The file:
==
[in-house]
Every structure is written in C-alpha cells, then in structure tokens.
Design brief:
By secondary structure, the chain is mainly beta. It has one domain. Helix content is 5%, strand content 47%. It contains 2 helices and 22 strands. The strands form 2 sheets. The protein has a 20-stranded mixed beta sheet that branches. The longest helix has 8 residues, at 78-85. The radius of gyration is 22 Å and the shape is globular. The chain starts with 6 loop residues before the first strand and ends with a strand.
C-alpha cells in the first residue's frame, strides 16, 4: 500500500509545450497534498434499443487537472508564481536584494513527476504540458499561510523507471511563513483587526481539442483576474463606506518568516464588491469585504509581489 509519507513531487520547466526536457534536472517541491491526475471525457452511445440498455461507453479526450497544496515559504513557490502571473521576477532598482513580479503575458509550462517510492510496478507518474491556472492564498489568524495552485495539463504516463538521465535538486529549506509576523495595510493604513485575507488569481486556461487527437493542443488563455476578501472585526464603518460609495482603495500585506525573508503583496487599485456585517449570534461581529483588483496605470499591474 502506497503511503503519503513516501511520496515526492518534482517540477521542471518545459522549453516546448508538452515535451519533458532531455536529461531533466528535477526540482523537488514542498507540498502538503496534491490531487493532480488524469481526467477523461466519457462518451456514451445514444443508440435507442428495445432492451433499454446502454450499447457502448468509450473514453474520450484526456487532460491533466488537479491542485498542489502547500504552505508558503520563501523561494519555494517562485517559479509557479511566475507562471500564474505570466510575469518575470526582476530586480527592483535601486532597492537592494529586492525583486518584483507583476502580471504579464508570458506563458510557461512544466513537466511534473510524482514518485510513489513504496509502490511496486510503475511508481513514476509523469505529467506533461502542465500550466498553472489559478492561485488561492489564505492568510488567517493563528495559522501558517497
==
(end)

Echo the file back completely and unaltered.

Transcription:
[in-house]
Every structure is written in C-alpha cells, then in structure tokens.
Design brief:
By secondary structure, the chain is mainly beta. It has one domain. Helix content is 5%, strand content 47%. It contains 2 helices and 22 strands. The strands form 2 sheets. The protein has a 20-stranded mixed beta sheet that branches. The longest helix has 8 residues, at 78-85. The radius of gyration is 22 Å and the shape is globular. The chain starts with 6 loop residues before the first strand and ends with a strand.
C-alpha cells in the first residue's frame, strides 16, 4: 500500500509545450497534498434499443487537472508564481536584494513527476504540458499561510523507471511563513483587526481539442483576474463606506518568516464588491469585504509581489 509519507513531487520547466526536457534536472517541491491526475471525457452511445440498455461507453479526450497544496515559504513557490502571473521576477532598482513580479503575458509550462517510492510496478507518474491556472492564498489568524495552485495539463504516463538521465535538486529549506509576523495595510493604513485575507488569481486556461487527437493542443488563455476578501472585526464603518460609495482603495500585506525573508503583496487599485456585517449570534461581529483588483496605470499591474 502506497503511503503519503513516501511520496515526492518534482517540477521542471518545459522549453516546448508538452515535451519533458532531455536529461531533466528535477526540482523537488514542498507540498502538503496534491490531487493532480488524469481526467477523461466519457462518451456514451445514444443508440435507442428495445432492451433499454446502454450499447457502448468509450473514453474520450484526456487532460491533466488537479491542485498542489502547500504552505508558503520563501523561494519555494517562485517559479509557479511566475507562471500564474505570466510575469518575470526582476530586480527592483535601486532597492537592494529586492525583486518584483507583476502580471504579464508570458506563458510557461512544466513537466511534473510524482514518485510513489513504496509502490511496486510503475511508481513514476509523469505529467506533461502542465500550466498553472489559478492561485488561492489564505492568510488567517493563528495559522501558517497